Pearly Gate

We are building a hell of a customized door for our bedroom, this is the journey of how we got the job done.

Latest Post There was no sign, so I made one. by Mario Esposito public

The first floor of our home is built with an open space design. Something that was a critical factor for the purchase.

When we are not on the island friends typically ask us to rent them the place and in those cases assuming that everyone is comfortable living doorless would be uncommon thinking.

So we're going to build a door for the master bedroom. I put my cape on, my thinking cap on, and armed with my iPad and smartpen I was on the deck looking for inspiration.

After a very solid nap, I found that I was short on inspiration, the only thing that stuck in my head was "Octopus", after that I think I blackout and I know that because I was woken up by the hidden paparazzi. Hidden but not very quiet!

this type of chair should be banned for thinking operations #nappingsgood

I softly, like very softly, admitted defeat and I headed to the inventor of the house, I asked for ideas and he said "we live on an island, so a marine look would be cool" I knew that I was on something with the octopus! I am about to walk back to the thinking spot when he says "like a submarine door"

Why...why! He would give me the hint to unblock my thinking and then a few steps away he throws at me oil and water and ask them to mix and keep them apart for life! WHY! I had two options, go and read "how to shank your husband in the neck" or very politely ask for ADDITIONAL insights.

After ten minutes of examples, brainstorming, and other incredible suggestions it moved from a two days project to building the Sistine Chappel. To which point to escape my own destiny I said "want to do it together?"

He goes on the same thinking chair that I got sleep wasted in the company of Kauna and comes back with a design and a list of items to purchase. Lord hates smart people, you should know that.

The octopus submarine door

We joined our brains and figured to build a door that is holding in the room a gigantic Octopus that is trying to escape. Given the bedroom is the traditional venue of hunky punky it seemed the right analogy for tentacles everywhere...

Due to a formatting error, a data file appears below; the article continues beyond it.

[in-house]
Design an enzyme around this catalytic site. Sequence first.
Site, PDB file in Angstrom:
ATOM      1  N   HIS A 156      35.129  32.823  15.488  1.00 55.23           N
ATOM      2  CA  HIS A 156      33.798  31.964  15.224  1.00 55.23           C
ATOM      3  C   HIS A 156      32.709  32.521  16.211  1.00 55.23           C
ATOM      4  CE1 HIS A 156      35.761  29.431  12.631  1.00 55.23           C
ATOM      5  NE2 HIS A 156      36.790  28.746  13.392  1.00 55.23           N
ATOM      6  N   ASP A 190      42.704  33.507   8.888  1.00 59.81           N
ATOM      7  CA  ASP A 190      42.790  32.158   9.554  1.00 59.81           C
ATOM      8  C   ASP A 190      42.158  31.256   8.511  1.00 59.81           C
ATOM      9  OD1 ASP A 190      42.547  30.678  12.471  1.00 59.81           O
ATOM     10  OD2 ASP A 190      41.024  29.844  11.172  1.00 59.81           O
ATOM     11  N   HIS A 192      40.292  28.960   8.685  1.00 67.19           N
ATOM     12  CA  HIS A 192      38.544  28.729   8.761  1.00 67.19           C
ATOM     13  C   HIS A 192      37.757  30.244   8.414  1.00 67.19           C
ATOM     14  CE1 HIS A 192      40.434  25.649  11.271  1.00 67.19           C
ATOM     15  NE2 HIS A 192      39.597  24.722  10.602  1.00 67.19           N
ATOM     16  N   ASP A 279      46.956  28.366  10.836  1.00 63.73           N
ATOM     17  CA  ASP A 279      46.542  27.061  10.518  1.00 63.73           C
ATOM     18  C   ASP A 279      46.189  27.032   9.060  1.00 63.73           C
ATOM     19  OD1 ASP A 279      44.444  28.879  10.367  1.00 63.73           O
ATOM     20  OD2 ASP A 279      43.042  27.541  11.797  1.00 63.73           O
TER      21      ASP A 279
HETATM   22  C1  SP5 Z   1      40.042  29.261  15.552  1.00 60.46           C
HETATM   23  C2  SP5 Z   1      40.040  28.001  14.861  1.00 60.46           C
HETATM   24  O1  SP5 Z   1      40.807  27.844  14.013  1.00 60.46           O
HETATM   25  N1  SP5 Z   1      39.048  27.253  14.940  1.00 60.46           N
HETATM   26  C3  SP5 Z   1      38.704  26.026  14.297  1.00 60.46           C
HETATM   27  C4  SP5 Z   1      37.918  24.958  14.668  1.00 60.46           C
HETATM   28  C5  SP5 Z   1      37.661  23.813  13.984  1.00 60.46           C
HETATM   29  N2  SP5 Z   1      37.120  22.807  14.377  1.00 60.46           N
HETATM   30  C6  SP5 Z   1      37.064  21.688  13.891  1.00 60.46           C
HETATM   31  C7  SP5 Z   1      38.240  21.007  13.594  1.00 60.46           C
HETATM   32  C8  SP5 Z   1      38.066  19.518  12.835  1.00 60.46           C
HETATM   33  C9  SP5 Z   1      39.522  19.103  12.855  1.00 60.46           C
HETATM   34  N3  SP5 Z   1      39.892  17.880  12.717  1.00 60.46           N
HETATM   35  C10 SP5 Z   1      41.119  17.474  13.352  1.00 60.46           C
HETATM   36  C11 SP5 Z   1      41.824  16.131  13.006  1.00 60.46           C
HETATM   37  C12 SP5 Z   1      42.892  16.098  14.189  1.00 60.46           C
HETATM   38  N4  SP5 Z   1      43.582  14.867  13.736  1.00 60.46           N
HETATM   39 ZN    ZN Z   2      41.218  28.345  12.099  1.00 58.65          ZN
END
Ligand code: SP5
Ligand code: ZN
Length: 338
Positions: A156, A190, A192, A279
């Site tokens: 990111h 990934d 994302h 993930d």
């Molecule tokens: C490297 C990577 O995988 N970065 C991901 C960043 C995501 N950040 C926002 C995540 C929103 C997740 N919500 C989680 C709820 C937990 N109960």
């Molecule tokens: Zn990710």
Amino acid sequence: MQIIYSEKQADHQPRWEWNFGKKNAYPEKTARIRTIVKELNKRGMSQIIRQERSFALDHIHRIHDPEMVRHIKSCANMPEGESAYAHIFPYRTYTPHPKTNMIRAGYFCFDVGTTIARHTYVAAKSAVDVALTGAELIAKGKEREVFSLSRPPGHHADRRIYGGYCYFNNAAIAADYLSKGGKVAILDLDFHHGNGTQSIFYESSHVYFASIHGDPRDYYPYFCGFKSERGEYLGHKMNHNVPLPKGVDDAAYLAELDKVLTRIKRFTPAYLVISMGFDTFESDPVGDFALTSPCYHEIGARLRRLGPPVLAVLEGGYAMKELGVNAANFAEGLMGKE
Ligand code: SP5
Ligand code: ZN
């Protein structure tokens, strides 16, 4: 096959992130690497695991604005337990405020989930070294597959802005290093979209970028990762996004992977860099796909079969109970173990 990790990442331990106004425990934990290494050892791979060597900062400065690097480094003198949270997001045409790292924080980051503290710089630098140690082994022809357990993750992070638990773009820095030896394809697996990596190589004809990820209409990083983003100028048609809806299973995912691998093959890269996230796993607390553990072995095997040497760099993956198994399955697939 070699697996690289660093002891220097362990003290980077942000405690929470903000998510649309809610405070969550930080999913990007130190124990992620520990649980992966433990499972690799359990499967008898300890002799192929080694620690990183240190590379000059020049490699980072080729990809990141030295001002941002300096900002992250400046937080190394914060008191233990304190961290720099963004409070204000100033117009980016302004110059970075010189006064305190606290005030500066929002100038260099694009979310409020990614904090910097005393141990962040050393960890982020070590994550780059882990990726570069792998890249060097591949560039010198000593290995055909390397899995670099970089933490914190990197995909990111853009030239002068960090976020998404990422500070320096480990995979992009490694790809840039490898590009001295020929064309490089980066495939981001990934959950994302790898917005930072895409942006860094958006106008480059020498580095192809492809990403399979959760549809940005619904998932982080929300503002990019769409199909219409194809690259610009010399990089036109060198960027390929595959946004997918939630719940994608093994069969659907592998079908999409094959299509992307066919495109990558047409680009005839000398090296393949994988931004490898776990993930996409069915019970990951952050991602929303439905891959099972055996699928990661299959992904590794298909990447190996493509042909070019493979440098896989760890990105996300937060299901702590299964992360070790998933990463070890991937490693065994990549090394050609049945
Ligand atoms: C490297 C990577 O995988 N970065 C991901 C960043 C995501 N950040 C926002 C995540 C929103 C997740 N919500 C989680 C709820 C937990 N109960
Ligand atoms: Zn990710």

I draw the tentacles using InkScape and Pixelmator. The computer guy figured out the math to slice the entire gigantic image in sections so that our laser cutter could render the drawings on the edge of the door.

I sanded on both sides the planks of wood and cut the edge of 1/4' to make the sides of the plank be closer together. We were not aiming for no seam because the overall art principle aims to enhance imperfections as ships and submarines are sturdy and simple. "Almost medieval", the nerd artist said at some point.

We joined the planks and routed a 1/4 into the wood so that the plates would sink in flush to the surface. And then secured them using lag screws. I don't want to brag but those sockets are machine perfect. I am the machine! Tsk Tsk no bragging... On the end where the lag screws come out, we welded or intentionally broke them to make them look mechanical-industrial. Then painted those particulars in gold-copperish color.

Then we installed the barn door kit attachment on the rim of the door frame and figure out the start/stop and length of the door. We could have done this by simple calculation, however, we are seasoned enough makers to know that US homes are unique in the concept of straight and inner walls support... I am happy to report that the place is one of the rarest we know as it has been built by the book!

hubby is lifting and I enjoyed the muscle show

That door is HEAVY DUTY! After we moved it a couple of times back and forth for testing and measurements I decided to disappear into the yard for a few minutes and I ran into this beauty.

Back to the deck improvised construction site, since the door is too heavy to be moved back and forth from the workshop to the house, Mario was reading comics off of his iPad. I felt guilty for flower hunting and all of a sudden I figured SIESTA! While I was on the chair enjoying the view, I realized that I had not yet purchased a critical item of the design as per the inventor's request. The bolts looking nails which technical term is clavos!

I tried so many places and surprisingly one of our followers on Instagram suggested this store. We are so pleased with the choice and suggestion. They are of great quality and design. Thank you @jobbylib74